Director: Steven Spielberg
Genre(s): Action, Drama, War
Runtime: 169 minutes
MPAA Rating: R
Rewriting the rules on how battle scenes are filmed, this reverent World War II movie follows a squad of American soldiers, led by Captain Miller (Tom Hanks), who are deployed to enemy-infested territory after the D-Day landings at Normandy in order to find and safely return a fellow U.S. trooper, Private Ryan (Matt Damon), whose brothers were all recently killed in action. Free of romantic subplots and equipped with a moving musical score from John Williams, Saving Private Ryan is easily one of the most important entries into the war genre.
This picture is at its best when the bullets are flying. The two major, lengthy, gory combat sequences, one at the beginning (the storming of Omaha Beach on D-Day) and the one at the end, are so intense they make you want to take cover under your couch…well, if one could take their eyes off them, that is. The sound effects are ferocious and the special effects couldn’t have been better integrated. These action scenes (which have some nice, little touches) are expertly directed, although the realism of the first one is significantly greater than that of the final one. The camerawork here revolves around handheld stuff, but the cinematography never devolves into what-am-I-even-looking-at? shaky-cam.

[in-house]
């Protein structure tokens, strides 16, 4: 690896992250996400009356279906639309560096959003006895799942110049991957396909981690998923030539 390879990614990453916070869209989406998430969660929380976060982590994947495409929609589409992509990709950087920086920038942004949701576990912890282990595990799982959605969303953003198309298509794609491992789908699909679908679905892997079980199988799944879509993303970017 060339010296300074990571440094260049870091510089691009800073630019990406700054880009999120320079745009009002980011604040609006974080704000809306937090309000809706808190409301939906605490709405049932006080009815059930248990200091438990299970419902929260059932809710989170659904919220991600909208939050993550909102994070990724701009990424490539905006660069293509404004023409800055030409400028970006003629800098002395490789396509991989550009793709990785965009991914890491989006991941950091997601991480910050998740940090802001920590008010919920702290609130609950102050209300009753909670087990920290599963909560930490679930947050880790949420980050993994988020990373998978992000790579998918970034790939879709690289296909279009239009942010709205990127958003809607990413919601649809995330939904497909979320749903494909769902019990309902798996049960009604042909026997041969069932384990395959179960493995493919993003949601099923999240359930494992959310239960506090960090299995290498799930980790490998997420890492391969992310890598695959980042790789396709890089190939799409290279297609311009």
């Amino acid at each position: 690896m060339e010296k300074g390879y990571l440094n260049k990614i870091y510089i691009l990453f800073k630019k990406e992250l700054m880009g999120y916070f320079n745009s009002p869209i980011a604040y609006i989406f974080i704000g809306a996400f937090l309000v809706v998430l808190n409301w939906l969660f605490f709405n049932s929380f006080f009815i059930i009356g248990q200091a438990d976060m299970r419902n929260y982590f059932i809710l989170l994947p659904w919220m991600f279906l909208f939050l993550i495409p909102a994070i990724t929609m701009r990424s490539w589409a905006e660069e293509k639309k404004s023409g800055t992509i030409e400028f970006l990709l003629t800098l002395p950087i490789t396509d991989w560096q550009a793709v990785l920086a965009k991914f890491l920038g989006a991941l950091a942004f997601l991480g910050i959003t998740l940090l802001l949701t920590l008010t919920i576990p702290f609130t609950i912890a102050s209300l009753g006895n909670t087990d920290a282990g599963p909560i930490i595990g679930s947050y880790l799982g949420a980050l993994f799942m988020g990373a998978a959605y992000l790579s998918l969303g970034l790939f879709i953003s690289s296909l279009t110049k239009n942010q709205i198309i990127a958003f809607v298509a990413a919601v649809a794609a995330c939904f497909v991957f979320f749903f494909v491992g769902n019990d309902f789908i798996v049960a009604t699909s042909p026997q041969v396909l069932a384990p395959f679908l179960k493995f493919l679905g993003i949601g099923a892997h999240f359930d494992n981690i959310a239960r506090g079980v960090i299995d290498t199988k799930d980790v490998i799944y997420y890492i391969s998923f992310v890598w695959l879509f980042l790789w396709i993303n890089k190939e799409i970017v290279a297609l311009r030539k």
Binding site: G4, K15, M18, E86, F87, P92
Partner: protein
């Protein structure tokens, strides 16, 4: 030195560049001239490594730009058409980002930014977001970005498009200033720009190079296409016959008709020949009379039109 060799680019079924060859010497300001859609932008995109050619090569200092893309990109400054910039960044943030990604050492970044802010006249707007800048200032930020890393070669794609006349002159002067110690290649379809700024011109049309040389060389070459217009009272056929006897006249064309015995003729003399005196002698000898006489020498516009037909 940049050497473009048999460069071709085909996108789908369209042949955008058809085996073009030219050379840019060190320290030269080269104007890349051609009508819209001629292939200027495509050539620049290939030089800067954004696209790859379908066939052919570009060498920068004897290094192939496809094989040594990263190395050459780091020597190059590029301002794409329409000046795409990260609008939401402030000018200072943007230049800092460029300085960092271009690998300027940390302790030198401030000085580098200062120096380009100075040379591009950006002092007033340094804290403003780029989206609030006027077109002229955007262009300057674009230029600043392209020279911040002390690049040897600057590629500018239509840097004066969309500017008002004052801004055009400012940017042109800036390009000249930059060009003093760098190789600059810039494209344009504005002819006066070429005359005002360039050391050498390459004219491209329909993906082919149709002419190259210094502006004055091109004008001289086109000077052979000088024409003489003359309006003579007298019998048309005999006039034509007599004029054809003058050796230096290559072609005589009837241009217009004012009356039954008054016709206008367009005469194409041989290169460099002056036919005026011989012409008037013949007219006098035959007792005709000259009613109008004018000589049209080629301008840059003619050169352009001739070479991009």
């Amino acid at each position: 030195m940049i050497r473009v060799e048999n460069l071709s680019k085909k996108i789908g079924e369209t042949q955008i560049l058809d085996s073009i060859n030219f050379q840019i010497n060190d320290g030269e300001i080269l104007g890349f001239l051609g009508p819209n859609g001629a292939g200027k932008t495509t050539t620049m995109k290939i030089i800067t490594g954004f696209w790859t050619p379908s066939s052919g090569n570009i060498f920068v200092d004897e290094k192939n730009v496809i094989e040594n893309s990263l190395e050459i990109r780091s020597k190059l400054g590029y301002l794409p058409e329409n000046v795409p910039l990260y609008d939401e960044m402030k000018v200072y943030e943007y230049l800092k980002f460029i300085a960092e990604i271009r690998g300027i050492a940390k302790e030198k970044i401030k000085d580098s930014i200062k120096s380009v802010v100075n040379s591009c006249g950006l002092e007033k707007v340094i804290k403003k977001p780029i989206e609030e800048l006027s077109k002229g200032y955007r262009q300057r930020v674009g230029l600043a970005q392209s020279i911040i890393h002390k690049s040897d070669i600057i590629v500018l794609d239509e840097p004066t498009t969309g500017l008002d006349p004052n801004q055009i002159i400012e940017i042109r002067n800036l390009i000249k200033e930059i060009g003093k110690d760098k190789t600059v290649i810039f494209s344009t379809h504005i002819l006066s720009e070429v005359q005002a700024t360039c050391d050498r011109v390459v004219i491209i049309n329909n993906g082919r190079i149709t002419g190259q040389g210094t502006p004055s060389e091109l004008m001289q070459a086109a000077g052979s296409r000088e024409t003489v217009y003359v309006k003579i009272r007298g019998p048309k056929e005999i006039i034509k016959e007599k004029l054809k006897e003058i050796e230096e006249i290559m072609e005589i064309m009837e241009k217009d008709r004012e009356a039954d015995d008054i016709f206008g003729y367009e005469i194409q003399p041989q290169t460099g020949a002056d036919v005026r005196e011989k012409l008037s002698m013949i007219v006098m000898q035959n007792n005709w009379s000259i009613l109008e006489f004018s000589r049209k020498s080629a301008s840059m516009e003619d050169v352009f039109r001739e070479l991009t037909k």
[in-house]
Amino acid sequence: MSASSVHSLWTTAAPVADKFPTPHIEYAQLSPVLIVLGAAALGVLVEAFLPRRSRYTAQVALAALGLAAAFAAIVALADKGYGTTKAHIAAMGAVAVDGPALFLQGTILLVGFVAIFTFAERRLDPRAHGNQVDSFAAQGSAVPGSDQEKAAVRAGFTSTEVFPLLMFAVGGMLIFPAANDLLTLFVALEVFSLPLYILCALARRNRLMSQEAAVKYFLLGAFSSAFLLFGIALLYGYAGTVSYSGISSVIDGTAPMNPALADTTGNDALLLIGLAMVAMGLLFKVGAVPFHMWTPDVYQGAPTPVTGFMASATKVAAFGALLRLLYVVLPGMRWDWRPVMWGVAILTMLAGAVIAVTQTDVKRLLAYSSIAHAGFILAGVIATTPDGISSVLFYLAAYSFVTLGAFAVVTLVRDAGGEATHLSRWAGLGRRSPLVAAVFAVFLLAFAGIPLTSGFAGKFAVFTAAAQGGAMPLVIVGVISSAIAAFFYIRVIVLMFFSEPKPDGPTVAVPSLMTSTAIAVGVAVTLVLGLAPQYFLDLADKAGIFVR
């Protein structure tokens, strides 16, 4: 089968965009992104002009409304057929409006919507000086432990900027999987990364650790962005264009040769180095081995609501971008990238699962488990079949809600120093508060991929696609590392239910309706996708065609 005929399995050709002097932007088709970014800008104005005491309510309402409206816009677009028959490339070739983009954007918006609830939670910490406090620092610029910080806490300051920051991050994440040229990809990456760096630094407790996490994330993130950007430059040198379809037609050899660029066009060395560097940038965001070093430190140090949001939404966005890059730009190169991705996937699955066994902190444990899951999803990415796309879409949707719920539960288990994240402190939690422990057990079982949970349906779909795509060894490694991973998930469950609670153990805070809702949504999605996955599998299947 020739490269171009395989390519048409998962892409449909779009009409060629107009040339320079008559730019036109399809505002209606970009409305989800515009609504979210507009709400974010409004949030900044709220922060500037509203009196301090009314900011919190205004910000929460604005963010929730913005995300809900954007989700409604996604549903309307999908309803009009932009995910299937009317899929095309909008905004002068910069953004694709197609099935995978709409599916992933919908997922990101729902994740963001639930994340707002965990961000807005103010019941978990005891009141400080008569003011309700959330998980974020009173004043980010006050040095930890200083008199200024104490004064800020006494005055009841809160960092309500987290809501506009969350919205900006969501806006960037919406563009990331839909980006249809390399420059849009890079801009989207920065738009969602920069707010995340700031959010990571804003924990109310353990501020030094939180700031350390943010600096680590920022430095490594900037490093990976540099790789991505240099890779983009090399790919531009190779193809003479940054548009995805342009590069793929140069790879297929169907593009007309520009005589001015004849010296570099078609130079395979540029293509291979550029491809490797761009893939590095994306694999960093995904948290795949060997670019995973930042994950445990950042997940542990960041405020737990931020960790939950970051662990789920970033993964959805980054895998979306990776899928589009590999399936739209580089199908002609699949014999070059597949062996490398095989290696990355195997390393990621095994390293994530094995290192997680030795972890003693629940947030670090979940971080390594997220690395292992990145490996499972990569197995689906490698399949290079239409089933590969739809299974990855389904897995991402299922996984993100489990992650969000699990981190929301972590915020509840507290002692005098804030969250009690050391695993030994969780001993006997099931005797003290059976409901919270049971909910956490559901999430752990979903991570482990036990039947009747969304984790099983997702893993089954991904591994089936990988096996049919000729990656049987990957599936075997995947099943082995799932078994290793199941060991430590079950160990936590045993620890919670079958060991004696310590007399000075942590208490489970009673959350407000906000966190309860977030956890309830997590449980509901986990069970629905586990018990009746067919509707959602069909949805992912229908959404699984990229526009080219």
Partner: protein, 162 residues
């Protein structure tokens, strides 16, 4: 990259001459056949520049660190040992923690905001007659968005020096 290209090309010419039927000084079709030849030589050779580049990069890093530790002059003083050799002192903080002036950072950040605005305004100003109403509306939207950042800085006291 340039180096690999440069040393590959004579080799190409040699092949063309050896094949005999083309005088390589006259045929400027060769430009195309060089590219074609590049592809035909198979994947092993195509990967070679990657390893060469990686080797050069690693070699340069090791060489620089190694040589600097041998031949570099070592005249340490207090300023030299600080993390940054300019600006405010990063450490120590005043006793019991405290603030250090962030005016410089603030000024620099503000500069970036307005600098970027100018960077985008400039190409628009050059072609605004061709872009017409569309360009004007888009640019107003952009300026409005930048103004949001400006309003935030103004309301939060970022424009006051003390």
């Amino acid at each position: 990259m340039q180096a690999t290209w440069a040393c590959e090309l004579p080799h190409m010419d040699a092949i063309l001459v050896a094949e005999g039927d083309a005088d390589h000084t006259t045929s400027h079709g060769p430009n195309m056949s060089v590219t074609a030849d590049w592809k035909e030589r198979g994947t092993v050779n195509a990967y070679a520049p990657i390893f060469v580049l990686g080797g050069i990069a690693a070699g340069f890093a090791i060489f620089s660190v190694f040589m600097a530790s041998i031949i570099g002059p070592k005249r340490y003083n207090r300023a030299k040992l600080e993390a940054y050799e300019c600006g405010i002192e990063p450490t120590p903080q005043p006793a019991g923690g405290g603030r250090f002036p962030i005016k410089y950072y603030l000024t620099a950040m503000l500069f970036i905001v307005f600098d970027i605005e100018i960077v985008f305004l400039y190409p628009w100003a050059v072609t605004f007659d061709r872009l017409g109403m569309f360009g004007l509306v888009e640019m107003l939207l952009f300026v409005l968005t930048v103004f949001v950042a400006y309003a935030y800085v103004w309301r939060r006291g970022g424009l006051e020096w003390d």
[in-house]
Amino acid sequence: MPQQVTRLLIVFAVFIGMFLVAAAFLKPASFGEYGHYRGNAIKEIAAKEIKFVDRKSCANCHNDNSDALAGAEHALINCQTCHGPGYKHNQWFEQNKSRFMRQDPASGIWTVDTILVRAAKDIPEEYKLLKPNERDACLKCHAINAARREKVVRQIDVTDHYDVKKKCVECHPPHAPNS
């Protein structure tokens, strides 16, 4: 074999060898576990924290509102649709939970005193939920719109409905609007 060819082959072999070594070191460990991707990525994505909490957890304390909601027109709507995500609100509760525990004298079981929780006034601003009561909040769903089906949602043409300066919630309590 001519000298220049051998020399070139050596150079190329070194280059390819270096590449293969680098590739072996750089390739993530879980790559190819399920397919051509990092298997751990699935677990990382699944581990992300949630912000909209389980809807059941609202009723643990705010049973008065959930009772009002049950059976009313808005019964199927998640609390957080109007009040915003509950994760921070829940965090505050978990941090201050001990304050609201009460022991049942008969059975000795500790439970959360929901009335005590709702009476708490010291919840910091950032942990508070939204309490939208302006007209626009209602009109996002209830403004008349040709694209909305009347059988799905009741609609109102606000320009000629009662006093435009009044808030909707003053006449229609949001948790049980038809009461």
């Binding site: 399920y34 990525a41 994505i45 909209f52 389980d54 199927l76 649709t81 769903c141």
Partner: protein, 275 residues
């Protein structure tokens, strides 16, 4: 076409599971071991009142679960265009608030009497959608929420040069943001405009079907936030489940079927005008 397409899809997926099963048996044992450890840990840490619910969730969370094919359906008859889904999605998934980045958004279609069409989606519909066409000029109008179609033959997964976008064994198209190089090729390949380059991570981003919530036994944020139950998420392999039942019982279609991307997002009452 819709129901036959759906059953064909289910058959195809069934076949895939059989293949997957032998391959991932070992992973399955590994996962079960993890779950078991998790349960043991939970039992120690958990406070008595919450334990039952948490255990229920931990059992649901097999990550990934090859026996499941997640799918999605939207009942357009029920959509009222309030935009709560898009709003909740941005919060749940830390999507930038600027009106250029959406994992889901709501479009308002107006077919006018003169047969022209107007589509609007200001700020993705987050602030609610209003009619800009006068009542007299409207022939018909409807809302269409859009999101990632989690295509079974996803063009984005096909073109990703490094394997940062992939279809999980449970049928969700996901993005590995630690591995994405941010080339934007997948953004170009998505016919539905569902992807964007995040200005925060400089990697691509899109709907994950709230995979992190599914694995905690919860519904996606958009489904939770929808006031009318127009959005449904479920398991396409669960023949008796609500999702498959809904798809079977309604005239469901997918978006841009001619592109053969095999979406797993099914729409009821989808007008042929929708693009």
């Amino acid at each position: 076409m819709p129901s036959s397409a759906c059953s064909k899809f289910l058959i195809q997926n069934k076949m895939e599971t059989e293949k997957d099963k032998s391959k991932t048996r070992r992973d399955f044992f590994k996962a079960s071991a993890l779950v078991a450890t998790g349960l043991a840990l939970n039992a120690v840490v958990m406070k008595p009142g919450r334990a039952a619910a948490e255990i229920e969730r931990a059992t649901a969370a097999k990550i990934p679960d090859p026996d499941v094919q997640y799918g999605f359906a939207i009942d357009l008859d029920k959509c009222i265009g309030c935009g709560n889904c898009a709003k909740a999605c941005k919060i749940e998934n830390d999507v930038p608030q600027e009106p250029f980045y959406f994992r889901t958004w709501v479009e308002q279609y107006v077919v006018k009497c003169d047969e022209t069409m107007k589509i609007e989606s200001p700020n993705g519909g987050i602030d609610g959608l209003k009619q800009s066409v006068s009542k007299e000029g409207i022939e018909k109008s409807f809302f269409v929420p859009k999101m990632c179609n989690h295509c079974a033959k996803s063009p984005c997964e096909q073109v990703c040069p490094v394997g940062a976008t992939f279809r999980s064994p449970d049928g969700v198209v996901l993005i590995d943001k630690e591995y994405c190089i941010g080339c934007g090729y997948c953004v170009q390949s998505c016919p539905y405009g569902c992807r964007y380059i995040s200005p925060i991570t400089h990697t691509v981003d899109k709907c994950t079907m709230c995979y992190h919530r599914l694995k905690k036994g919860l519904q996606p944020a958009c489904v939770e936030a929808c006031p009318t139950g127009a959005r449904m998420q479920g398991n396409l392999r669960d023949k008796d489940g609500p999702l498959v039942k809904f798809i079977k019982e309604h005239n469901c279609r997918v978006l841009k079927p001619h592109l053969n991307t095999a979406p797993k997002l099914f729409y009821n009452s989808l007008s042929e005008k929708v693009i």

Unfortunately, Saving Private Ryan isn’t quite as stunning when people aren’t under fire. Most of the characters are ill-defined, which is unacceptable for a men-on-a-mission movie that lasts nearly three hours. Even on repeated viewings it can be impossible to tell who’s who for some of the members of the squad. The sometimes-questionable script (written by Robert Rodat…who also wrote The Patriot ) occasionally has the film wobbling just a tiny bit during the character-driven moments. Still, it manages to pack a punch in the drama department.
In the end, this is an emotionally exhausting war epic with impeccable directing from Steven Spielberg. The supporting characters often aren’t fleshed out enough, but the whole thing is viciously on-point during the battle sequences. Despite its grisly realism, it’s a mistake to expect an anti-war screed from it. Instead, it’s a respectful ode to the Greatest Generation. If you’re going to watch it, watch it for that.
My rating is 8 outta 10.